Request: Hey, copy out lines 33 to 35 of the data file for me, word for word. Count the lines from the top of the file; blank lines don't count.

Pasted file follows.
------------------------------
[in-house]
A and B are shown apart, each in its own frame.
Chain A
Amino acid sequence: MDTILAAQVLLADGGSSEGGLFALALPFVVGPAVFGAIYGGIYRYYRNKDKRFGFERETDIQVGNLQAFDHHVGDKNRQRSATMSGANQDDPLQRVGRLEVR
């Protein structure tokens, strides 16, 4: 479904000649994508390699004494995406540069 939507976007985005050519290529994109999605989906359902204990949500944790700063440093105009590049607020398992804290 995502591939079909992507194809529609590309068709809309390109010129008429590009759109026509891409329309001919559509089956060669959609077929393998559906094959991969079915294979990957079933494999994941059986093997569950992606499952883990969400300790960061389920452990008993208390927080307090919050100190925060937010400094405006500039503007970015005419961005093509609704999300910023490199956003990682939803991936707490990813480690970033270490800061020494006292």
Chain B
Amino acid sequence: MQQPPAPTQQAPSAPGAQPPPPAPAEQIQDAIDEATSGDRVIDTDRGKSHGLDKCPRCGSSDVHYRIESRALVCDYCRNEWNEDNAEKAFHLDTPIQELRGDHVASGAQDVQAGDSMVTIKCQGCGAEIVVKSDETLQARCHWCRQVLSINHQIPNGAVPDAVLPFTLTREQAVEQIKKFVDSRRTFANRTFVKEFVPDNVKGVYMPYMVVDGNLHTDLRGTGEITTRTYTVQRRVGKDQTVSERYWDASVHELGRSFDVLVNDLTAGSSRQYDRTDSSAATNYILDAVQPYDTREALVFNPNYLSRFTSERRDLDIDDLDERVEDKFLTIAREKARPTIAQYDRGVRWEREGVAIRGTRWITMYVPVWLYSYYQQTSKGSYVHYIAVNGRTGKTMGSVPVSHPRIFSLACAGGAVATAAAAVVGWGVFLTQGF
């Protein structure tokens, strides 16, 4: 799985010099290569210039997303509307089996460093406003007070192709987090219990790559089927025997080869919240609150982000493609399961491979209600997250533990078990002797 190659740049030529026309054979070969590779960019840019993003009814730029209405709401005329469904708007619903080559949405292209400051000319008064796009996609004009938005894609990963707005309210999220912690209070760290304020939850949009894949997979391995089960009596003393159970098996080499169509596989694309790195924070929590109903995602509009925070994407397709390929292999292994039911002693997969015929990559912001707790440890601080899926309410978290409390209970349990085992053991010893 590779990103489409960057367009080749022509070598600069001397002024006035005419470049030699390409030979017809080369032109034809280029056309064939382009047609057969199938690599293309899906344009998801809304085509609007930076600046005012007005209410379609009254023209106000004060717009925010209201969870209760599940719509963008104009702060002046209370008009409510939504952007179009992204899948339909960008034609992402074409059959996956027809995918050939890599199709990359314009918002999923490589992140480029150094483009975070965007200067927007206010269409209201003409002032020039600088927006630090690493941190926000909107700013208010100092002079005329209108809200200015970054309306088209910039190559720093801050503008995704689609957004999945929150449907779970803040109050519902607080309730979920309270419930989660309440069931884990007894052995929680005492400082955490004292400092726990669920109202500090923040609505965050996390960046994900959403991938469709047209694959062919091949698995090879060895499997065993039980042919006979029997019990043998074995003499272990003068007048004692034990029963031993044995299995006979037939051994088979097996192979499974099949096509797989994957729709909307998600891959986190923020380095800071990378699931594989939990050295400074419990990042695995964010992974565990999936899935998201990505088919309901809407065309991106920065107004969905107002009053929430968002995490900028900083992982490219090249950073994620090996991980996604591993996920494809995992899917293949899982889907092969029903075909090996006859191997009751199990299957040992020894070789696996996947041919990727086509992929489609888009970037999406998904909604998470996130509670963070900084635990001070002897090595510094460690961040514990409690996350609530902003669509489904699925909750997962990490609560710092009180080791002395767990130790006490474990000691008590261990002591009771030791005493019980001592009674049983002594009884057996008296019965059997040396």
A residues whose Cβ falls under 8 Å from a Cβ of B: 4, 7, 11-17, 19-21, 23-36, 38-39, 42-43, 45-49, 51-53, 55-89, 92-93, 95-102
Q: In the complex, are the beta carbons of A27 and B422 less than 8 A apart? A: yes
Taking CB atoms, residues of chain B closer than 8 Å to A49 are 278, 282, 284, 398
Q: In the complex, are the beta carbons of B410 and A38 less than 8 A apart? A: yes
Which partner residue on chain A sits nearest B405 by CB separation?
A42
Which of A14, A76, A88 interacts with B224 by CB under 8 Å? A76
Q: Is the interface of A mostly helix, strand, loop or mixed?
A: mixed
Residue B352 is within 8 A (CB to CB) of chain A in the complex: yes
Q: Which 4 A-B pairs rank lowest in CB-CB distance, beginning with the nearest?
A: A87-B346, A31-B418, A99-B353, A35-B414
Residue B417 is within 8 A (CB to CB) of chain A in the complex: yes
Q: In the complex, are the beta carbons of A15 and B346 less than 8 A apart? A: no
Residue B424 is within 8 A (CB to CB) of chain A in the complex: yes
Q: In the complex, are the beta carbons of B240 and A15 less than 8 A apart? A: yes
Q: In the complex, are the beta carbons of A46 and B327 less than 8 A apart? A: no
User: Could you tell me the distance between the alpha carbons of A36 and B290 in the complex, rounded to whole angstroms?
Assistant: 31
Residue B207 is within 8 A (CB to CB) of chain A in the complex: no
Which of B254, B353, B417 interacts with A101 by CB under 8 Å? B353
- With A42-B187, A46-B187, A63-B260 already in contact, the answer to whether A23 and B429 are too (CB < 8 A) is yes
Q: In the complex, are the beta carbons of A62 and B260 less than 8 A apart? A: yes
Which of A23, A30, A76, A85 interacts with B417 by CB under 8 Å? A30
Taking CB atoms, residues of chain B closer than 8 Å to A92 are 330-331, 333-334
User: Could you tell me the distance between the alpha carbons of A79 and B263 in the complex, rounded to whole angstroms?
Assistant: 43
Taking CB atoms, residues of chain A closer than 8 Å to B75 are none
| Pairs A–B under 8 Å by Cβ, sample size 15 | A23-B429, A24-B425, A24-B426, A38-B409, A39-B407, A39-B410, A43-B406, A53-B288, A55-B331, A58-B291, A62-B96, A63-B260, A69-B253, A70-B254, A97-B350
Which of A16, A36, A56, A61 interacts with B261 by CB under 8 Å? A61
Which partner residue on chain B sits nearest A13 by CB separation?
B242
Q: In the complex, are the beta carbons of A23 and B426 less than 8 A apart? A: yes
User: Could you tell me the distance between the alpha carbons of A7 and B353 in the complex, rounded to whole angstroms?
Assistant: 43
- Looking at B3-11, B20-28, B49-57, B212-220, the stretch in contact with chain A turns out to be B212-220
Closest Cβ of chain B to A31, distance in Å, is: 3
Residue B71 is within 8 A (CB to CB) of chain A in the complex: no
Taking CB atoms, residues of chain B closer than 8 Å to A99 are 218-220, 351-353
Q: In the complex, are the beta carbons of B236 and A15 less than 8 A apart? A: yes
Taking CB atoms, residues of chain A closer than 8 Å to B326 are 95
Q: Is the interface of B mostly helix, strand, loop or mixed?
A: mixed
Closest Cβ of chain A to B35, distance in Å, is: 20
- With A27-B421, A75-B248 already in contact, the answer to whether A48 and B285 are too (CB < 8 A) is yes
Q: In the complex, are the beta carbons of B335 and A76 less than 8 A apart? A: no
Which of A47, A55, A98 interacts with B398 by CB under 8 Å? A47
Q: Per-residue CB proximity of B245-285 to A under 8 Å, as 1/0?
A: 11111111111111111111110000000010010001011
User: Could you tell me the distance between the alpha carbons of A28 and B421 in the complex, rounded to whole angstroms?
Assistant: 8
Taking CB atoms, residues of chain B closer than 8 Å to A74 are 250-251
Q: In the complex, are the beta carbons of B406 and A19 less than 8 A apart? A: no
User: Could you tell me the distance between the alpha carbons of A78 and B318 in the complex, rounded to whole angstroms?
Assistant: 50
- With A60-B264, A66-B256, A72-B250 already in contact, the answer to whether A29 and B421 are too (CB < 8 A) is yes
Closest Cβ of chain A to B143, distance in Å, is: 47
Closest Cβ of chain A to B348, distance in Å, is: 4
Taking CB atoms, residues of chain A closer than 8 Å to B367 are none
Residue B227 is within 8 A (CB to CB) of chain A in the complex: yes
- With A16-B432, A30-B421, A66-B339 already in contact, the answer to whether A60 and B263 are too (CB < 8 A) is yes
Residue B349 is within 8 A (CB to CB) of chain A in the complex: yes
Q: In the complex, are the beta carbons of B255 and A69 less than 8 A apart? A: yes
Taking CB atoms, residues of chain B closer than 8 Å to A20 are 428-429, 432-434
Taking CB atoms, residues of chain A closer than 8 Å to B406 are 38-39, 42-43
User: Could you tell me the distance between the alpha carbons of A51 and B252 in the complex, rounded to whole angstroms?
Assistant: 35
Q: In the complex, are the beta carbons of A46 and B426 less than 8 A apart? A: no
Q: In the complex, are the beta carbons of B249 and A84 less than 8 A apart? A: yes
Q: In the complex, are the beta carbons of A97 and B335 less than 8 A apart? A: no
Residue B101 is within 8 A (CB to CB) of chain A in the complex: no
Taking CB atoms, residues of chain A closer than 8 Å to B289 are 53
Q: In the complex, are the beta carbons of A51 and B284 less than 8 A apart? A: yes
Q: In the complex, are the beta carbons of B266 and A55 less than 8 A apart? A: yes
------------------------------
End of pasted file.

Taking CB atoms, residues of chain B closer than 8 Å to A92 are 330-331, 333-334
User: Could you tell me the distance between the alpha carbons of A79 and B263 in the complex, rounded to whole angstroms?
Assistant: 43